West Point's help desks are all in step

What FootPrints can do

With an Internet browser, a user ID and a password, West Point users now can:

  • Order a computer, phone or network drop installed

  • Arrange photography or videotaping of an event

  • Burn CD-ROMs for classroom use

  • Borrow a camera or public address system

  • Schedule a videoconference

  • Specify an engineering model, with attached drawings, to be fabricated in the academy's shop.

West Point consolidated its help desk and other administrative activities across a 16,000-acre campus. The military academy, founded in 1802, currently has about 8,000 users.

A help desk application generally does handyman duty, finding lost passwords or summoning assistance to fix what's broken.

Users at the U.S. Military Academy at West Point, N.Y., however, converted their help app into more of a virtual butler.

'We call it 'creating an issue,' ' Lt. Col. Paul Scullion of the Directorate of Information Management said about filling out the various kinds of work orders.

'When the users went to other individual users for tech support, there was no visibility' for tracking the requests, Scullion said. 'There were so many help phone numbers and e-mail addresses that it just wasn't working.

'We looked for a way to consolidate the various phone and e-mail help requests into one point of entry. It's so important to have that one entry point,' he said.

It turned out to be FootPrints multiplatform service-desk software from Unipress Software Inc. of Edison, N.J.

What Scullion called 'tier one' support for the academy's 8,000 cadets and faculty members comes from branches of the Computer Systems Division or Computer Information Center. They are the main users of FootPrints.

'They're the ones on the ground, maybe doing support as a collateral duty,' he said. 'We look to them to enter the help requests. If they can fix it, we don't need a work order.'

When the tier-one helpers can't fulfill a request, they fire up a browser and complete a work order in FootPrints, which runs under Microsoft Windows, Unix or Linux.

'We have a mixture of servers, upwards of 90 percent of them running Windows,' Scullion said.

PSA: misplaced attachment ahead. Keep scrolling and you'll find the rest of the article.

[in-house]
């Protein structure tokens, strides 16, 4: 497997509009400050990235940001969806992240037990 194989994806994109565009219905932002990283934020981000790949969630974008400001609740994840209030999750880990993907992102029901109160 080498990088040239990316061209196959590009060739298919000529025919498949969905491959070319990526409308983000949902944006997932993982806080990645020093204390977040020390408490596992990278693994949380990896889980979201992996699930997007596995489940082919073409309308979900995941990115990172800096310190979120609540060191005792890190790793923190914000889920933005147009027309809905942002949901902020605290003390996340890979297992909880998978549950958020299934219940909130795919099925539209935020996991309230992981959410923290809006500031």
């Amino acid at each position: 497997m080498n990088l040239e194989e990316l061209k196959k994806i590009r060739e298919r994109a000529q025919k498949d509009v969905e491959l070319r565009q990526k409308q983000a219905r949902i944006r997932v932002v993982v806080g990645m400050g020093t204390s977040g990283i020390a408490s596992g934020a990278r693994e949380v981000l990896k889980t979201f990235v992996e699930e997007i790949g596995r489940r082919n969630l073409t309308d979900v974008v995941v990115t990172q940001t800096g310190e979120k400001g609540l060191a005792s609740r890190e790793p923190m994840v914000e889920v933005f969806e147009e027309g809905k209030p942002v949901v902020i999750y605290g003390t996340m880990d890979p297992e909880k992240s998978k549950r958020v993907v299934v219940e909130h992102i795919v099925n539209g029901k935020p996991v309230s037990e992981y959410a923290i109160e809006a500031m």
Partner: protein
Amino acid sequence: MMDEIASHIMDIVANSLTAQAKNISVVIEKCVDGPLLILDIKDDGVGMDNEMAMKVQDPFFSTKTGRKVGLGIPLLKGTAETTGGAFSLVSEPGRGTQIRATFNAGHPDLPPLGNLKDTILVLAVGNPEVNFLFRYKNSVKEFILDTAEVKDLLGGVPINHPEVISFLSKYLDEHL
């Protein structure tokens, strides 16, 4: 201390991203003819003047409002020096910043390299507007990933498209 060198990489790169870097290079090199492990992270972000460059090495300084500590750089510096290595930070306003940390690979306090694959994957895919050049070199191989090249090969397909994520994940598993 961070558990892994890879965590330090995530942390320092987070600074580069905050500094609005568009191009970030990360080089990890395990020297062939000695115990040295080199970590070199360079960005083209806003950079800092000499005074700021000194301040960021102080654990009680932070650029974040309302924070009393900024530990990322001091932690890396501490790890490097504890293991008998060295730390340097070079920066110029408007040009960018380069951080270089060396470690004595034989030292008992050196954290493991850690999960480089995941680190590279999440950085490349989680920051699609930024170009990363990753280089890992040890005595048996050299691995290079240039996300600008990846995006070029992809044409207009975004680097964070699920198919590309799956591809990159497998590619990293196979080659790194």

A requester opens one of several project boxes to ask for a service, depending on which branch provides that service. Academy staff members designed the project boxes to mimic the paper forms previously used for handling requests.

If a requester sends a form to the wrong place, FootPrints routing rules will notify the requester by e-mail or phone, reroute the order or, sometimes, share it out between branches for fulfillment.

The rules were set to 'prioritize and schedule the work orders,' Scullion said.

For example, toward the end of May, graduation exercises occupy everyone's time, and 'we have to sort out which orders are unrelated to graduation and notify the requesters,' he said.
'There's still the overhead of somebody having to keep an eye on the open requests,' print out reports and generally oversee operations.

But the prioritization seems to work. The help desk itself, he said, 'is the No. 1 user' and has filled 1,600 work orders since it began using FootPrints last year.

The cost, including the Unipress software and various knowledge bases that came with it, was about $30,000. 'We're now in a maintenance phase and looking at ways to improve the e-mail flow for greater visibility,' Scullion said.

Those improvements might include red-flag tracking and advance scheduling by superiors to balance workloads.

So far, the academy does not use the Defense Department's digital certificates stored on the Common Access Card to encrypt its documents. 'That's not a West Point policy yet,' Scullion said, 'but I think we're going to get there.'


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